The baby milestones no one tells you about
Father of three Chris Pavey shares some of the weird and wonderful baby milestones he never knew were so significant.
The first few years of a newborn’s life are pretty amazing.
There’s a rollcall of celebrated milestones: the first smile, laugh, word, roll
over, crawl, and those first few steps.
But there’s a few which receive less
press, but from a parent’s perspective, can be just as significant.
Who knew burping would be cause for celebration, but when my daughter brought forth her first unprovoked almighty belch, (she was a particularly windy child), I couldn’t have been happier. Before having children I had no idea how much wind babies can actually get and how much help they may need from you to pass it (in both directions).
Nights of walking the hallway jostling my three up and down and patting them on the back were the norm for my household. As was the constant fear that there was still a burp in one of their chests that would wake them up within minutes of putting them down to sleep. So when each of my children started burping and farting on their own, it was a particularly proud dad moment.
When: 3–6 months
For stomach pains, you can try gently rolling baby’s legs in a circular motion as though they’re riding a bike backwards while they are lying flat on their backs. For burping
, you can try holding baby in a sitting position, one hand gently under the chin to support the neck and the other firmly rubbing their back from the base of their spine up to the neck in one smooth motion.
Sleeping through the night
Waking up after a full night of uninterrupted sleep after having a baby is probably the most magical thing a parent will experience until their child graduates from university.
My first reaction was to think something terrible had happened during the night. I ran in to check that my youngest was still breathing. Once that was confirmed, the most satisfied broad and impossible to remove smile came to my lips.
This was the beginning of the end; the end to wakeful nights, the end of walking the halls trying to settle each of them, the end of patting each of them on the bottom for hours in their cot. We’d finally got to the point where they’d all learnt to self-settle.
Of course, the odd bad night continues, but the sleepless nights have become the exception rather than the norm.
I have three children and each of them started sleeping through at different ages and with differing degrees of encouragement. With all of them though, we started a feed, play, sleep routine early, always putting our children to bed awake (after thoroughly burping!). We always introduced a night routine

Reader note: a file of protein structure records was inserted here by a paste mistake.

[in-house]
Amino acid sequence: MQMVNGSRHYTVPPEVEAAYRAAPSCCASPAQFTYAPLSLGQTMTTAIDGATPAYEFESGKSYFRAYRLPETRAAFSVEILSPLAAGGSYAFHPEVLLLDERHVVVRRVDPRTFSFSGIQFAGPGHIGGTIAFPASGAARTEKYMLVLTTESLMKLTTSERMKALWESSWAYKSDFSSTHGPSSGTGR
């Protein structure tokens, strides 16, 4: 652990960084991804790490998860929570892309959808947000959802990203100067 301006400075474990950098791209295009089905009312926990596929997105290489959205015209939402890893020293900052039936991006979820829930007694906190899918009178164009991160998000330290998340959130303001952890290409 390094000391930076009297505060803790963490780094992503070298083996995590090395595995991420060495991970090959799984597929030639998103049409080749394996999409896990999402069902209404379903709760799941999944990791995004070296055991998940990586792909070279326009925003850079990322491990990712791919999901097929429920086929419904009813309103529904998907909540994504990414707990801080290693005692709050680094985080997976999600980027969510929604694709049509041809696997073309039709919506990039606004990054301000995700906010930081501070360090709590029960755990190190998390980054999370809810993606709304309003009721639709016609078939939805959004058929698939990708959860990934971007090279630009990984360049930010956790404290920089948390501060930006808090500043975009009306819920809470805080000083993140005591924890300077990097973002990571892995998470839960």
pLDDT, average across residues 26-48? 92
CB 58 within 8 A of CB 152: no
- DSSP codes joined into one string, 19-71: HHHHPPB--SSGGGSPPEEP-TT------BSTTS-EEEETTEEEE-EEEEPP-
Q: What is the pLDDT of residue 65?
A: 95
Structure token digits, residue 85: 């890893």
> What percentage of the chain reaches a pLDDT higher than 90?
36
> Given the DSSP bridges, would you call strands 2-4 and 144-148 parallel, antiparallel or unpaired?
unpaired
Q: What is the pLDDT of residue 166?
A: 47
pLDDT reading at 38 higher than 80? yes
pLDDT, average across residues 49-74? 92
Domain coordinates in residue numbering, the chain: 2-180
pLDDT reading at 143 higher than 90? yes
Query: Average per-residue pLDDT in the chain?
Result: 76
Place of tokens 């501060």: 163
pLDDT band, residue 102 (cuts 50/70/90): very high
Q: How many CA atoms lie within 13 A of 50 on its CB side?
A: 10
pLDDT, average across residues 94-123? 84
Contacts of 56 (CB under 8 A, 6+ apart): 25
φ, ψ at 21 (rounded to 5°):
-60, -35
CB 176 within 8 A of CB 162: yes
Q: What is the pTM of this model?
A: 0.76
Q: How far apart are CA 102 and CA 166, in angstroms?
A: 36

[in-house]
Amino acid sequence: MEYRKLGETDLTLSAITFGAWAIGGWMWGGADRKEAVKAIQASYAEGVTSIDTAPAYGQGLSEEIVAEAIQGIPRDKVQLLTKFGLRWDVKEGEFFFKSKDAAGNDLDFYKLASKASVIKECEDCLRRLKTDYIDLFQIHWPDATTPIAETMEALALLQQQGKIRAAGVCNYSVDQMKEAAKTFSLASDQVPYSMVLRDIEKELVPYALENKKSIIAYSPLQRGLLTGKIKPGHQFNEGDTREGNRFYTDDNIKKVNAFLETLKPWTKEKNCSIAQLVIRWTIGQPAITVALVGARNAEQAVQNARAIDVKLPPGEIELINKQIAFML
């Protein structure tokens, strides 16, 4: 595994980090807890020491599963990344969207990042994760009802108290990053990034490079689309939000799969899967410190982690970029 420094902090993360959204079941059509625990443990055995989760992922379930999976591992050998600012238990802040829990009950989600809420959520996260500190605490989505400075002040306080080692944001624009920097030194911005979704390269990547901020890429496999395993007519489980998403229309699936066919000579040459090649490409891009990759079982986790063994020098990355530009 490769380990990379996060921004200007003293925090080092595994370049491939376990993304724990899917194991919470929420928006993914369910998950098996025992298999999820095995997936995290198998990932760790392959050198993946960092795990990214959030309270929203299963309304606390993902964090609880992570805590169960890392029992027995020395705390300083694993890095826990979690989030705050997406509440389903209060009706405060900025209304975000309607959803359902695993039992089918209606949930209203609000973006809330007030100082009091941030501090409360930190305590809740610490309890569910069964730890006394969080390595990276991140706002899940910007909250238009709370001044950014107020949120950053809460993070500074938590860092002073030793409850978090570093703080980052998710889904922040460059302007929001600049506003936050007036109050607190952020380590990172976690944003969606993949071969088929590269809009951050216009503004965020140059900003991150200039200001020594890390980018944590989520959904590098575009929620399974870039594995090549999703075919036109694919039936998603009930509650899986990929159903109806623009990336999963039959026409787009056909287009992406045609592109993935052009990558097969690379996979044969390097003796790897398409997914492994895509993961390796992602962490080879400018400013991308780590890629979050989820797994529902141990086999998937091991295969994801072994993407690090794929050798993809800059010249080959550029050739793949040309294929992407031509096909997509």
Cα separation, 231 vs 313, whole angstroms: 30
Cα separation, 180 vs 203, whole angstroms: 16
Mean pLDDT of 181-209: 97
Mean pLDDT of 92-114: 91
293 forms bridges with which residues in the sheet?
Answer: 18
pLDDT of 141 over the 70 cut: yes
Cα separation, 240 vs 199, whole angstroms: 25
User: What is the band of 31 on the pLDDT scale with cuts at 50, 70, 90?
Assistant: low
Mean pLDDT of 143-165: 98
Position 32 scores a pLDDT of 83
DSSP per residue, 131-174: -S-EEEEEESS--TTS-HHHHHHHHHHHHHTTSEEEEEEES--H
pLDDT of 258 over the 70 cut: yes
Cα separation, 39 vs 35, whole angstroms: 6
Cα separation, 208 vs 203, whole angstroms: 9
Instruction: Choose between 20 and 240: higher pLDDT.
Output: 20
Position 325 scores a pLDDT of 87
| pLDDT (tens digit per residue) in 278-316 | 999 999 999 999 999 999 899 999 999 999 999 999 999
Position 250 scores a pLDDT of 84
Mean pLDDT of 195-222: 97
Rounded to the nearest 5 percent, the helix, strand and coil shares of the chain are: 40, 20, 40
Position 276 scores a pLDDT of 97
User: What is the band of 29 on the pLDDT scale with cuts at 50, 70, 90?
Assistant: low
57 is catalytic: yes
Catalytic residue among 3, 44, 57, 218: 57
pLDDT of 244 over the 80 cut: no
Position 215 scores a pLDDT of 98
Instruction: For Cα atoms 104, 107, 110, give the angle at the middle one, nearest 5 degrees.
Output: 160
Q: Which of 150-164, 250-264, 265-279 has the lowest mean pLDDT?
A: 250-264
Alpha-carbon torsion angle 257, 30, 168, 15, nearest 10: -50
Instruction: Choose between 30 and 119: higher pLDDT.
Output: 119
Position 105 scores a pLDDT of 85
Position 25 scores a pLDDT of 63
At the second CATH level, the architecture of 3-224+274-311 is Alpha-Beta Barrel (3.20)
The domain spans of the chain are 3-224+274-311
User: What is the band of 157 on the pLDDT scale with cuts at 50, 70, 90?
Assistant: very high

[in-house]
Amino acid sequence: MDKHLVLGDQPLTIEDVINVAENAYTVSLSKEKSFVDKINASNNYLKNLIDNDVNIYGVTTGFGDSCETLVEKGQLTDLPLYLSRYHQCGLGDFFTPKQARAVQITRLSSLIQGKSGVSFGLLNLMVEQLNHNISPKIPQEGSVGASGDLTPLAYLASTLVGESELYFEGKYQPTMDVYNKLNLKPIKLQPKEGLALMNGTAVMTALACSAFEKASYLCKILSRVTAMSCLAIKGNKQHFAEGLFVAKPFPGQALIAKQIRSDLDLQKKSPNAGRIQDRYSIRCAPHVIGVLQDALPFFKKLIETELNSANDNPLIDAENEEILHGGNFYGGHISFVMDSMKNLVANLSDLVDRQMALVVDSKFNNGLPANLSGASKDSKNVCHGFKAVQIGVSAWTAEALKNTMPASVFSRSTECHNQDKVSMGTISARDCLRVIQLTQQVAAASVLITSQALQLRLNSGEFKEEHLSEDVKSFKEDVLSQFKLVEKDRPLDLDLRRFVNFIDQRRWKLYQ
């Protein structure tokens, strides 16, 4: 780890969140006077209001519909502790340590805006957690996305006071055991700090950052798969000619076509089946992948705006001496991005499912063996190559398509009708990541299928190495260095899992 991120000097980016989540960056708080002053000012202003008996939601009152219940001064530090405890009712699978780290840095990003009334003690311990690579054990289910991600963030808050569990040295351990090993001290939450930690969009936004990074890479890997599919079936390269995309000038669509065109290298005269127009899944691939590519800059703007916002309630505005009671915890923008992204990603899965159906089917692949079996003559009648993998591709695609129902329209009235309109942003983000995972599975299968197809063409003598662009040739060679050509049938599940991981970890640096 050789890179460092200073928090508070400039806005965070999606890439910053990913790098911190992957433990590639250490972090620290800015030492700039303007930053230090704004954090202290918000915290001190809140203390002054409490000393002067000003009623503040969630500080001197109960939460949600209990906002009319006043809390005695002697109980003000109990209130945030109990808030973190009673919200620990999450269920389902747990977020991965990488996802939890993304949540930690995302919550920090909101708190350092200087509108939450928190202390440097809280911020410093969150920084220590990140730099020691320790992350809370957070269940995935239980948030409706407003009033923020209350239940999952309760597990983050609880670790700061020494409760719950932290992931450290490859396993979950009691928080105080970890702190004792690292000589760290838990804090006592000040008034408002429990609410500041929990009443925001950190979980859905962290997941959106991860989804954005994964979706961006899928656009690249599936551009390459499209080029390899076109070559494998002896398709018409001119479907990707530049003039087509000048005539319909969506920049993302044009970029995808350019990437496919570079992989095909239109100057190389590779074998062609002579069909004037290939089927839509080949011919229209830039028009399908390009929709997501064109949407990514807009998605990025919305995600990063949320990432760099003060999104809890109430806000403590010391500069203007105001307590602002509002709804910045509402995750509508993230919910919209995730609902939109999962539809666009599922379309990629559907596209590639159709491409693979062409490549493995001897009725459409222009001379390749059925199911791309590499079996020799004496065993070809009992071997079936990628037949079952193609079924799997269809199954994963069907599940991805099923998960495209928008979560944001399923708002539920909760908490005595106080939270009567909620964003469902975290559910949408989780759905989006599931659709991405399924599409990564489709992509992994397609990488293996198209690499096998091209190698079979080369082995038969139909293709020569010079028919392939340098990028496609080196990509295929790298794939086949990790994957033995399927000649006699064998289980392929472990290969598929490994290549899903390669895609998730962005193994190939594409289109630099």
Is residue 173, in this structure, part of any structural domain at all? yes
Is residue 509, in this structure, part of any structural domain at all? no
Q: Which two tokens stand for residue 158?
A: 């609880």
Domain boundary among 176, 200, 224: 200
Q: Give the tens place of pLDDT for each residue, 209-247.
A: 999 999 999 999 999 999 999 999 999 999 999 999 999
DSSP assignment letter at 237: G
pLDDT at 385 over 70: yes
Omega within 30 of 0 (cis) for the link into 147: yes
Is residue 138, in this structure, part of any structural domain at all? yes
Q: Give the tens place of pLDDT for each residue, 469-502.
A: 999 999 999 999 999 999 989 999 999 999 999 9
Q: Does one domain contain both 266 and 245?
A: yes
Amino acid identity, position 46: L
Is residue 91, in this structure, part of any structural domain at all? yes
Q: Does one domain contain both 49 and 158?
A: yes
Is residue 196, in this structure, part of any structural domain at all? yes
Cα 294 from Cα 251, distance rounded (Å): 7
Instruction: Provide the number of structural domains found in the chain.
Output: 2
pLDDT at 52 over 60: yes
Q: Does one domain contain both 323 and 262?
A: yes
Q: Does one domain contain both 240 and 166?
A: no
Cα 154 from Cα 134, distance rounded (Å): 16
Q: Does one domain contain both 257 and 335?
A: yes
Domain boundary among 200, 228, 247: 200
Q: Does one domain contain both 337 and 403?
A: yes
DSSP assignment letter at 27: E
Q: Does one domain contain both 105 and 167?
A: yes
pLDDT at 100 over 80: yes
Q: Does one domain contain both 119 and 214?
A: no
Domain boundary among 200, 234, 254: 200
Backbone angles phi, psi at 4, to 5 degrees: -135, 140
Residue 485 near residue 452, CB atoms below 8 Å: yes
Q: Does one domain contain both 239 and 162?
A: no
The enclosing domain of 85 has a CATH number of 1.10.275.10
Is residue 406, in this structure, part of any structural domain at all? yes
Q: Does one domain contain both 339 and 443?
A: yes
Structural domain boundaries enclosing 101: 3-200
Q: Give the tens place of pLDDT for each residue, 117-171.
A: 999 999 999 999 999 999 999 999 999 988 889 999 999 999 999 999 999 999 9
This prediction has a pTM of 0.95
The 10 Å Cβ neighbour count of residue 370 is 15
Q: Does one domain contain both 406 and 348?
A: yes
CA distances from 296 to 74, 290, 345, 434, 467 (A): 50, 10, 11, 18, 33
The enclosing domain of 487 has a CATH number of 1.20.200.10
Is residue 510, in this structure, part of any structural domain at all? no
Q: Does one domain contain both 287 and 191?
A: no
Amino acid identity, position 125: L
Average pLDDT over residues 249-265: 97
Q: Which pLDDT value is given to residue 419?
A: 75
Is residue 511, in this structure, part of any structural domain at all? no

early (bath, bottle, small play and bed every night at a similar time no matter how the day went).
Back to top ⌃
Celebrating your child’s third birthday is momentous in and of itself. But armed with the knowledge that it also indicates the finish line for most children getting their full set of teeth just makes it all that more enjoyable.
Teething gets a pretty bad rap. I’ve heard it being blamed for a child’s tantrums, for their watery eyes and snotty noses, for their ear aches, for their sleepless nights, for them fighting amongst one another. You know what? It probably deserves it and some more.
Teething is tough. Think of how bad a toothache is for you to endure and you’ve probably hit the mark on how painful, irritating and frustrating getting teeth can be for a child. And don’t even get me started on those acidic poos. These poor little humans have to endure a lot, and for a parent, it’s tough, as we can’t make the pain go away.
All we can do is provide some age-appropriate pain relief and a lot of comfort. The worst is, no sooner do you get past the first round (usually the central bottom ones), and take a huge sigh of relief, than there is a second round, a third, a fourth – all the way through to the time your child gets their second molars sometime between the age of two and three.
When: 3 - 36 months
Tips: Tell yourself regularly and repeatedly “There is an end to this,” especially during the sleepless nights. Provide your child lots of love, comfort and understanding and plenty of things to chew during the day. Sugar-free rusks are good. We found teething toys which you can freeze water in a big help during the particularly bad days. And teething gel rubbed on the gums at night before sleep can also help.